Those who enjoy hitting thi microphone will want to mark their calendars for the first, fundraiser to benefit the ongoing renovations at the Grissom Boyhood Home in The event will be from p.m. on Nov. 30 at tbe community building in Mitchell. All proceeds go toward getting the boyhood home of Virgil Gus" Grissom up and running as a Cost is $3 per and refreshments will be available for purchase. "i Contact Krystal Shetler at 277-7264 or kshetlertmnews.com.
Dec. 23 and will feature holiday gifts from local artists. also is partnering with The Black Dog Cafe at 49th Street and Pennsylvania Avenue in Indianapolis for a Christmas show You also can visit www.ri-tabunny.com for pictures and mpre information on Rita upcoming shows. Berlin anniversary Fellow Everybody Talkin' columnist Roger Moon had this information to share after he visited earlier this week with Bedford A1 Walker. A1 came to the newspaper office on Monday which was the 20th -anniversary of the fall of the Berlin Wall, a reality that marked the beginning of the end of the Cold War.
A1 was their home more than IS years ago. At Berlin, they were in the company of Jasmine and her father, Frank Becherer. A1 was struck by what it meant for Frank to pass into East Berlin. Frank stopped. A1 recalled, and put his hand on the base of one of those big columns at the Brandenburg Gate, and know he was praying.
I would bet he was giving thanks for the reunification of his country Karaoke anyoneT It pretty doubtful anyone is ever going to ask me to pick up the microphone and bell out' anything. My vocal cords are for speaking learned long ago I should stick to lip sync contests and stay away toting a clear plastic square cube measuring no more than an inch or two. Inside the cube is what purported to be a piece of the Beilin Wall. A1 and hiswife Donnera happened to be in Germany sometime after the wall fell. Pointing to.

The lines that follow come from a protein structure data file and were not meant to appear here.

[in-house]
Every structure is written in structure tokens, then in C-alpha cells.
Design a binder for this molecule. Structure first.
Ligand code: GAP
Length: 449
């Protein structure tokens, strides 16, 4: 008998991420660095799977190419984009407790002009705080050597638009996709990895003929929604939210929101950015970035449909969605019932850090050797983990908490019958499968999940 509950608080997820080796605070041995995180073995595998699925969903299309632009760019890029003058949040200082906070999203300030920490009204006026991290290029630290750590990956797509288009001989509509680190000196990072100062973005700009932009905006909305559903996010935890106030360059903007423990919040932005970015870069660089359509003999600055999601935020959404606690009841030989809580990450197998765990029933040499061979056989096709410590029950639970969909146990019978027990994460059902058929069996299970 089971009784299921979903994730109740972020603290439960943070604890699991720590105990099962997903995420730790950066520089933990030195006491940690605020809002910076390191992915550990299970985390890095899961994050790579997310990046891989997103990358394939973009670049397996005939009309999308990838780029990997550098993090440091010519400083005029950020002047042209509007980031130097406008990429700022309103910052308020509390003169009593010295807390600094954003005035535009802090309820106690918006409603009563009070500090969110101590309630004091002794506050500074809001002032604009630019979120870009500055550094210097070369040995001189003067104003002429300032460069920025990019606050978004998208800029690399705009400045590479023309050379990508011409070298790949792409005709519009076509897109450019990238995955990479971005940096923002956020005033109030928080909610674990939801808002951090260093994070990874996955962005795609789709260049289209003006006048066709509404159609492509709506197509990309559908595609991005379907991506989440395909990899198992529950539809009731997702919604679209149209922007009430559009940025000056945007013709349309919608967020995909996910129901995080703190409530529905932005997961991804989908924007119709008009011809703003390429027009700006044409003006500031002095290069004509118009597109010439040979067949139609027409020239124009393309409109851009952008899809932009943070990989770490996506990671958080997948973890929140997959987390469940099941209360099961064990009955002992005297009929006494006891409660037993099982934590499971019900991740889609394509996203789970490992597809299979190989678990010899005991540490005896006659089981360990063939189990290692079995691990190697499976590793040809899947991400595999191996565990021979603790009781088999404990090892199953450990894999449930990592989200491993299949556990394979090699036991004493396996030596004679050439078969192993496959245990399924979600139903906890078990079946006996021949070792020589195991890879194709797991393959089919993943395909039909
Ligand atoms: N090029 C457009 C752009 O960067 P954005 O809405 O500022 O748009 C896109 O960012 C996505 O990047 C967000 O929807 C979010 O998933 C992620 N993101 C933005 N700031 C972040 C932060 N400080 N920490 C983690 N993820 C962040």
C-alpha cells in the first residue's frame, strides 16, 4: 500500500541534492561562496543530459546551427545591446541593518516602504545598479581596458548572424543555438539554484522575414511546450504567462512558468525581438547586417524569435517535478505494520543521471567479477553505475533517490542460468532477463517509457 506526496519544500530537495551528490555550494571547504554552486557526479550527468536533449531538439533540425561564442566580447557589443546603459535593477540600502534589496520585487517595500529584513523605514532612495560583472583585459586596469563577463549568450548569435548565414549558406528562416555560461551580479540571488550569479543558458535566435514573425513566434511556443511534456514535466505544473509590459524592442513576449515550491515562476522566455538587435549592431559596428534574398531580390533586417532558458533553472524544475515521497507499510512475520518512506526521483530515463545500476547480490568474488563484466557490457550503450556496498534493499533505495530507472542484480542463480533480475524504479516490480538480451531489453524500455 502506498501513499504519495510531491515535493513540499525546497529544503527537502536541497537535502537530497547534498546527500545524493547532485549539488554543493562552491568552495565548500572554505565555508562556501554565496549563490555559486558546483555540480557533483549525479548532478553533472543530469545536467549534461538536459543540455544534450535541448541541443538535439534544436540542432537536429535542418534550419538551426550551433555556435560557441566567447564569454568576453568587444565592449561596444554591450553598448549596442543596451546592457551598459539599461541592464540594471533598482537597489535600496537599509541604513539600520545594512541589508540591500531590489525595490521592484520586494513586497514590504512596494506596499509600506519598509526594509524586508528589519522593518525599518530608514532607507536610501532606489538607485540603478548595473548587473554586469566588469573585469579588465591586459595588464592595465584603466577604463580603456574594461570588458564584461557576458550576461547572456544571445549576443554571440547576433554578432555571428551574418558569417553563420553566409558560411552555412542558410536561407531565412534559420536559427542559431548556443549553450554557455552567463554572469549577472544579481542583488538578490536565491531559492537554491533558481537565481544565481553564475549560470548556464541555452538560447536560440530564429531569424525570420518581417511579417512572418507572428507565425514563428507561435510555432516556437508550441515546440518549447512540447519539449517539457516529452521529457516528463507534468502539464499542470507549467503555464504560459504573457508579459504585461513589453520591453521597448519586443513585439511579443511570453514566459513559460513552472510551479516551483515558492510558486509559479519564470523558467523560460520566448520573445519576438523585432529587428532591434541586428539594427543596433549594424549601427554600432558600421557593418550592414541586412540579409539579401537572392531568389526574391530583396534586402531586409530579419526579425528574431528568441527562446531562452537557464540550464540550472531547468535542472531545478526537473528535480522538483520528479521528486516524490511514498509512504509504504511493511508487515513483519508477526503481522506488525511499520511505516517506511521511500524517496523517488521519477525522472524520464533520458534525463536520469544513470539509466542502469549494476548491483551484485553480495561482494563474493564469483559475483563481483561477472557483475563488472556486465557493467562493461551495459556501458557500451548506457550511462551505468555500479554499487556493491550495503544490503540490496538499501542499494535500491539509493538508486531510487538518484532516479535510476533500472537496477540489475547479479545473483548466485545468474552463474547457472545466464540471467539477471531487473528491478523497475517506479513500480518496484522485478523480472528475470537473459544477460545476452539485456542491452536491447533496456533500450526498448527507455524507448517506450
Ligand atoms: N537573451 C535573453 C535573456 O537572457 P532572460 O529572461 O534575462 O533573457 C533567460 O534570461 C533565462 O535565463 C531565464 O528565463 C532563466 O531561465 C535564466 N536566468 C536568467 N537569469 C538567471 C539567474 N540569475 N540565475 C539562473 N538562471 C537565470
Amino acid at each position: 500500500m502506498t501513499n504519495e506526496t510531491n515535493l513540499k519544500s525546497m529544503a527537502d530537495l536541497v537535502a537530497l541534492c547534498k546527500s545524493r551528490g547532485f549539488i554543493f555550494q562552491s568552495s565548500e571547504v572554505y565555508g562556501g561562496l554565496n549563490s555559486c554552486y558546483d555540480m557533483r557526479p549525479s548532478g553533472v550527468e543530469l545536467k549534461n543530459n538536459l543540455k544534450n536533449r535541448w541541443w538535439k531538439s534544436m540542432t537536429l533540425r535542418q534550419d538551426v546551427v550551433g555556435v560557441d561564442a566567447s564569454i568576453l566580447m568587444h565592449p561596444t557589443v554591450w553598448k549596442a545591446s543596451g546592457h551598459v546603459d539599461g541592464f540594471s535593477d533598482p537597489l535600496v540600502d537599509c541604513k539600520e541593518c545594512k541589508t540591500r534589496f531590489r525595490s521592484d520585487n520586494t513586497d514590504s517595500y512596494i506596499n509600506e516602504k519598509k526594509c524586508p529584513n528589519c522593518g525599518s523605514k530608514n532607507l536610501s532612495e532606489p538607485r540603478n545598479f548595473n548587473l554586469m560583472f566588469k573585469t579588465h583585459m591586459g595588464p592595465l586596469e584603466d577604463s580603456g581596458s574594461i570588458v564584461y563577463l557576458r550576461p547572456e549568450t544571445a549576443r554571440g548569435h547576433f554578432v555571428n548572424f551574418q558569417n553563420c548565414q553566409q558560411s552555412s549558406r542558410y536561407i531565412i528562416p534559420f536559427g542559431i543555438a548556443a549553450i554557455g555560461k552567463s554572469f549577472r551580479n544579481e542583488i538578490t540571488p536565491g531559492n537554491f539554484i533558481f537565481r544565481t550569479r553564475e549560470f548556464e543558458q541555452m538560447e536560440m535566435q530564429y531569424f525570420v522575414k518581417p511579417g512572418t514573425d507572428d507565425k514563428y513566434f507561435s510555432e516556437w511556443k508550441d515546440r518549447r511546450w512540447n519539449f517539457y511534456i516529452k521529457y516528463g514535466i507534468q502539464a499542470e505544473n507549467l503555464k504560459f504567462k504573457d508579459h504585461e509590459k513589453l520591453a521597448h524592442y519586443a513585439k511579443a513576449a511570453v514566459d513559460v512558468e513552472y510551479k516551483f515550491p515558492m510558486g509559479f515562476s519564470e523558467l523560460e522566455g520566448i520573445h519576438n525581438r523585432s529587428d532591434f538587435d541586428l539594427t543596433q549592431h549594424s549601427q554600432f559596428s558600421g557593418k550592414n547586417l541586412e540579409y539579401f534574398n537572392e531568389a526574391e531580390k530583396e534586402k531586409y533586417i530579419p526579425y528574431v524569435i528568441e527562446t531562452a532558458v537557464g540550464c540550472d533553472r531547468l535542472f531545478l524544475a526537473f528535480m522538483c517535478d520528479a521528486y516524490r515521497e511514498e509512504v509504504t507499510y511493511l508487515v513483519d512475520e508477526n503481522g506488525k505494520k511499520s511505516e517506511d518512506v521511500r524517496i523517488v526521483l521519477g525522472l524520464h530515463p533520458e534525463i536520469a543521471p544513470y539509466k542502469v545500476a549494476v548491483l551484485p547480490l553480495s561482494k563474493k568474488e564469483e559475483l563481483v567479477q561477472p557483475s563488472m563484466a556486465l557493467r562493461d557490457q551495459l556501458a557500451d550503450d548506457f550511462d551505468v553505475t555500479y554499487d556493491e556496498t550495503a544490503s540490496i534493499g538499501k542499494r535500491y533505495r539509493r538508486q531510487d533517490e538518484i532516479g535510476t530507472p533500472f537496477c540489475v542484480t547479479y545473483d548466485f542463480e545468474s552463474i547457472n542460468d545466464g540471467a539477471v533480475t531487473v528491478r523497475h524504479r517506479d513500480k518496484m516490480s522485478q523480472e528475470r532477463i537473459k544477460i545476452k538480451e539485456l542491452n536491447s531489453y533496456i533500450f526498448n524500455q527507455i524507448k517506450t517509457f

the piece of the wall, A1 said, There was some, enterprising German selling it. 1 think it is forreaL1! The Walkers were at Berlin Brandenburg Gate when they made the purchase. We went into East Berlin, A1 told Roger. It hadn't been too long that people could even walk in there. 'The Walkers were visiting Hanover! Germany, to see Jasmine Becherer, a German ex- change student who stayed in ita Jackson sculptures will make another ap-JLmpcarance in the Temptations Holiday Boutique in Louisville.
Jackson, a Mitchell sculptor, will be among 32 juried vendors who were invited to participate in the shopping experience. Conducted for the past two decades, the show is conducted at The Olmsted on Nov. 17, 18 and 19. The boutique features custom jewelry, stationary, sweets, picture' frames, flower arrangements, antiques and more. It is open to the public.
For more visit To preview the show; Jackson has been asked to appear on the Fox morning show on Monday. It Channel 41 for those who have television service out of Louisville. It not the only show on Rita plate this holiday season. The local artist, who creates fanciful designs that range from beautiful nativity scenes to animals serving as Santa helpers, will be in tire Holiday Art Mart at the Waldron Arts Center and Bloomington Area Arts Council in Bloomington. The Holiday Art Mart runs from Nov.